There are beautiful Pandya sculptures of Shiva marriage dharshan to Sage Agasthiyar, Lord Muruga with consorts, Narasimha, Rama, Krishnar and other deities. Such an isolated place was prominent during the Pandya regime itself is a testimony to that place.
Sadhu Krishnaveni ammal came to this place at the age of 10+ and stayed here until she passed away very recently at the age of 80+ on the very auspicious Chithra Pournami day of 2011. Even during the heavy floods of 1980s when the water was flowing at more than 20 feet above her cave she was going up and up only and refused to leave the place.
It is a place where Siddhars are believed to come at any time and we were told that when the Siddhars arrive, a rain of sandal drops fall. We were also shown the marks of sandal rain on the rocks.
There is a temple of Lord Shiva in the name of Kodi Lingeswarar and His consort.
There was an Agasthiyar temple which was washed away during the 1980s flood and only the base of the temple remains now.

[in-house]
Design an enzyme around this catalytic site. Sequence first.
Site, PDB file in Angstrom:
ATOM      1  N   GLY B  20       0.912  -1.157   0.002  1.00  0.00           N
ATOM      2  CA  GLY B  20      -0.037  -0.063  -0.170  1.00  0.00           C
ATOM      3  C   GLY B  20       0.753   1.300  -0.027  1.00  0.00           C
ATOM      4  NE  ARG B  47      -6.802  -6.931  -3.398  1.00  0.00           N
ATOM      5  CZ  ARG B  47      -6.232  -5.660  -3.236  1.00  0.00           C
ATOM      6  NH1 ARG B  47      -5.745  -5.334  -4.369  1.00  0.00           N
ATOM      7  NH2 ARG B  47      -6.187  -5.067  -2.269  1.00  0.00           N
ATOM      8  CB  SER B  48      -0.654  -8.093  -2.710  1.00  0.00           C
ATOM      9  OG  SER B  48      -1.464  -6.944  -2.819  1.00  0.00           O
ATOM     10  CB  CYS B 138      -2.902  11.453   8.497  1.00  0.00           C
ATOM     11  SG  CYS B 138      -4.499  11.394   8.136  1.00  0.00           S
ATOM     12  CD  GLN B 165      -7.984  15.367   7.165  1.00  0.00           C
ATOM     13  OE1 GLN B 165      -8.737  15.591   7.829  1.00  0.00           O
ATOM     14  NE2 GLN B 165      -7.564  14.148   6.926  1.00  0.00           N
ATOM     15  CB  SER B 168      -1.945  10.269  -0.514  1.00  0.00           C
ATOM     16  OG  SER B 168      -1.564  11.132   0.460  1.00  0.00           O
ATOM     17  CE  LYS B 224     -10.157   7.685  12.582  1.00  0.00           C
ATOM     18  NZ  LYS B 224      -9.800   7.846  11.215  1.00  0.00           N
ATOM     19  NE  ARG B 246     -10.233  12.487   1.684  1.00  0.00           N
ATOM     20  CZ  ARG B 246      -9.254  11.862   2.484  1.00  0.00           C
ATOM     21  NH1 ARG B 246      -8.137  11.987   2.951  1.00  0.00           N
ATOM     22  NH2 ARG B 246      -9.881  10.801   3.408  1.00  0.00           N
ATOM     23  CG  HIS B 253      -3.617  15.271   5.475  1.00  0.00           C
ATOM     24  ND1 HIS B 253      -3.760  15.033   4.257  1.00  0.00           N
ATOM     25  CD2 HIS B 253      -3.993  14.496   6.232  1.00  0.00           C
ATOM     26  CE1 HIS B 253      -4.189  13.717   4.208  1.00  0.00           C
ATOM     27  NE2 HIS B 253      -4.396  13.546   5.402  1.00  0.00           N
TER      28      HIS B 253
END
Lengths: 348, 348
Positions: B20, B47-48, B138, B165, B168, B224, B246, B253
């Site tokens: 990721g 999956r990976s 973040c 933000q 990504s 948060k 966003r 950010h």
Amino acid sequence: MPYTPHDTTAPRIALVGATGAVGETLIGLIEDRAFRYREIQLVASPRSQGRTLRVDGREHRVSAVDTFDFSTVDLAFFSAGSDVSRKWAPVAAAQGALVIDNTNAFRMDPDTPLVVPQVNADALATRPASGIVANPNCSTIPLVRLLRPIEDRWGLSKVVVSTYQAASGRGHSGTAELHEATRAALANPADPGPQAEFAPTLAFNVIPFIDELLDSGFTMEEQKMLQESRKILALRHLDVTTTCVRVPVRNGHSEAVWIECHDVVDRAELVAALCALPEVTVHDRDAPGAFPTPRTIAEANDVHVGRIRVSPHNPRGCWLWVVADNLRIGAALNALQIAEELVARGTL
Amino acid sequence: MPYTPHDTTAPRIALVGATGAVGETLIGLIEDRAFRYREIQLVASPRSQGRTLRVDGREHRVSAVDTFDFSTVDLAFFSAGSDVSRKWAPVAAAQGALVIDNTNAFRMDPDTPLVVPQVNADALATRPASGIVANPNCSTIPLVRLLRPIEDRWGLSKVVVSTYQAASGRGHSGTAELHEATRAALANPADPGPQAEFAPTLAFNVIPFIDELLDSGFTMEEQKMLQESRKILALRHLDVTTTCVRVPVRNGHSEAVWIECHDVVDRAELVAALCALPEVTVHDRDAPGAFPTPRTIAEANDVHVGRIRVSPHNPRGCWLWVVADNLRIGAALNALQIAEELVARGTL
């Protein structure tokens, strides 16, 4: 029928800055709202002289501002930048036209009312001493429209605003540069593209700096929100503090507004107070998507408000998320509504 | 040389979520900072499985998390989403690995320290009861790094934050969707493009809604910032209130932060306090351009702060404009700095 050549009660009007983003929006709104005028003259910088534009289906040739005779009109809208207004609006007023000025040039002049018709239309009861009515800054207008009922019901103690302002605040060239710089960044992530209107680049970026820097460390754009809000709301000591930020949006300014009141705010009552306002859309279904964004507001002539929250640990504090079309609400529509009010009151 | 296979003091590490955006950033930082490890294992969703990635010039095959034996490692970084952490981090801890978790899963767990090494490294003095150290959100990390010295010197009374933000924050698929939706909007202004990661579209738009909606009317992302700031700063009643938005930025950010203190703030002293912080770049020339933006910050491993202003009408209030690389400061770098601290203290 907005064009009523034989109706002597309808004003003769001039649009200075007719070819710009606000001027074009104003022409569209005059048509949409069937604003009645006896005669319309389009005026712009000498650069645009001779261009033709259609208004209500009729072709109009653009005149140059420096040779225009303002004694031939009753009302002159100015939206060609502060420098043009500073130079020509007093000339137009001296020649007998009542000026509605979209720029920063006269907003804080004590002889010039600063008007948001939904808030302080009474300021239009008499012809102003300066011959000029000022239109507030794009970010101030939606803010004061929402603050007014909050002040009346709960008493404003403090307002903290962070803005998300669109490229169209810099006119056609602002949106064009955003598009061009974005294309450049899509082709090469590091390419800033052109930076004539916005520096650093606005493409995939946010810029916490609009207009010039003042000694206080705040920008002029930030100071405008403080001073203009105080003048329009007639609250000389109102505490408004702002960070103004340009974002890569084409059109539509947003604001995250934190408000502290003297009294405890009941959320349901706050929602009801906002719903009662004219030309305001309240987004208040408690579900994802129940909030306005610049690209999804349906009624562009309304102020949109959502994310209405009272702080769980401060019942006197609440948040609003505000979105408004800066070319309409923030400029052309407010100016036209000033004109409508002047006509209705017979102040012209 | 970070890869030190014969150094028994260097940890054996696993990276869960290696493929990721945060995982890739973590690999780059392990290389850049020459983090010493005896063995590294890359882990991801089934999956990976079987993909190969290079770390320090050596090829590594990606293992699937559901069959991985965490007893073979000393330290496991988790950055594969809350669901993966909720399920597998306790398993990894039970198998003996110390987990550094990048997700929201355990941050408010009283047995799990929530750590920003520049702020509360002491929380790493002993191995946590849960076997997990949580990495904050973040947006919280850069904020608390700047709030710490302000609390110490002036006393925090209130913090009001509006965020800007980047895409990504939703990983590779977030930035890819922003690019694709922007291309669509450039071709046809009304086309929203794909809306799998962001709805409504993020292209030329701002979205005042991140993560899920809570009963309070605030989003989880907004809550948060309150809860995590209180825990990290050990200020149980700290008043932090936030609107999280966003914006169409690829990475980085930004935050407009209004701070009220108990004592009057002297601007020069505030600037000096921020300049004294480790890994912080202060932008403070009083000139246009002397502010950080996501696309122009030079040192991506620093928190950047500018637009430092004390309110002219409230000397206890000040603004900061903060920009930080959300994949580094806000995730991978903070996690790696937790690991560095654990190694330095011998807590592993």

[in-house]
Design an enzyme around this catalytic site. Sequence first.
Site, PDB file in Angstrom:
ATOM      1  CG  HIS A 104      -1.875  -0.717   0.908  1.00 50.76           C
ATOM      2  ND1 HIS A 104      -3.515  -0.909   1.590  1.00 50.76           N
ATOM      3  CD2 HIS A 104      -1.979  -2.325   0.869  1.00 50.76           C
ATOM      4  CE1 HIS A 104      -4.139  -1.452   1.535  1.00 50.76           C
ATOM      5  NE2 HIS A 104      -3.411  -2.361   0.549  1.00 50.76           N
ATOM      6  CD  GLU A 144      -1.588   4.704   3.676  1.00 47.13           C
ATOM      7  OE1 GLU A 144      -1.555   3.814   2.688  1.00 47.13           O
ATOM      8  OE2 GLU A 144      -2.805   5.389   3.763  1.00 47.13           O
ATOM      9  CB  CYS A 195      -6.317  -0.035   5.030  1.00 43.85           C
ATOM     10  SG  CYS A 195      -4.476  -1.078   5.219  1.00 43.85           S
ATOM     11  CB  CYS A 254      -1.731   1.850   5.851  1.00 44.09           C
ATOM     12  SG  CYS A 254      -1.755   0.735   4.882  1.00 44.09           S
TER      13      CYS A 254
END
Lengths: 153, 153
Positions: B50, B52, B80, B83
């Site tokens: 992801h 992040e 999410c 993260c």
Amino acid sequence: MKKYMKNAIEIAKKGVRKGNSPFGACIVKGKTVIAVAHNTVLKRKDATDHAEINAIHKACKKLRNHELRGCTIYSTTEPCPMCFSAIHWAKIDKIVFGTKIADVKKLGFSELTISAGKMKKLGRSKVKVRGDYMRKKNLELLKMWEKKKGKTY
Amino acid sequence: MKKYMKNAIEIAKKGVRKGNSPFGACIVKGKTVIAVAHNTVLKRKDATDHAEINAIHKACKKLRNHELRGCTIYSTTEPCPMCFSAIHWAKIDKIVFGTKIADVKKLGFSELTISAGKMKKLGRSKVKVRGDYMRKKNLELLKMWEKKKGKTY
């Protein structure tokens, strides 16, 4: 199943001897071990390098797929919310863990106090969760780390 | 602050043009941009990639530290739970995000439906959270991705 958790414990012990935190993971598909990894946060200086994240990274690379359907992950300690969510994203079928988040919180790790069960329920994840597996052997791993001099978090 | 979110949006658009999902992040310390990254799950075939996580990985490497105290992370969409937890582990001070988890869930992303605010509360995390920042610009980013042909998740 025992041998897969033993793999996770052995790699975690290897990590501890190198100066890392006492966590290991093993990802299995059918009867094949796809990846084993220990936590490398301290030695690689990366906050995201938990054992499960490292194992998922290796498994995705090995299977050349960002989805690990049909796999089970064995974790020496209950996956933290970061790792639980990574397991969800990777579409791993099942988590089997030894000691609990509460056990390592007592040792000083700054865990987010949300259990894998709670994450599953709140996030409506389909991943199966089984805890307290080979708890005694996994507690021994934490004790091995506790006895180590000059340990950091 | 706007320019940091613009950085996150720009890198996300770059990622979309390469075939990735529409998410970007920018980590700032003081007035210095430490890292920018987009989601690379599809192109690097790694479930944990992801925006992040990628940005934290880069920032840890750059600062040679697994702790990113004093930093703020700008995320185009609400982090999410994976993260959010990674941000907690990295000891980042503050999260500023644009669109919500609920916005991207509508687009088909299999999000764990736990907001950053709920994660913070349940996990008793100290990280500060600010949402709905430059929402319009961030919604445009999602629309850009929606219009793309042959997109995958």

We were the only 4 people when we climbed up and after reaching the top, just 2 more people from Salem joined us. We were then given a cup of hot tea at the Sadhu Krishnaveni ammal ashram by the lone caretaker which is a small 10×5 room with a cave inside. There were monkeys all around and surprisingly they were neither scared of us nor scared us. They sat calmly very close to us at half feet distance is an indication of the sheer peace and calm that prevails over the place.
While climbing down, all of a sudden we noticed it was 4:30 PM and we didn’t have lunch (not even any snacks or biscuits) but were with full energy. We didn’t feel like eating for another few hours also!
We then drove down to Thalaiyar dam at the back of the Papanasam Shiva temple.
Since there is insufficient rain this year, it didn’t look so beautiful as it used to when in full flow. We then visited the Shiva temple which is the first of the Nava Kailasams. The bathing ghat in front of the temple is considered very sacred.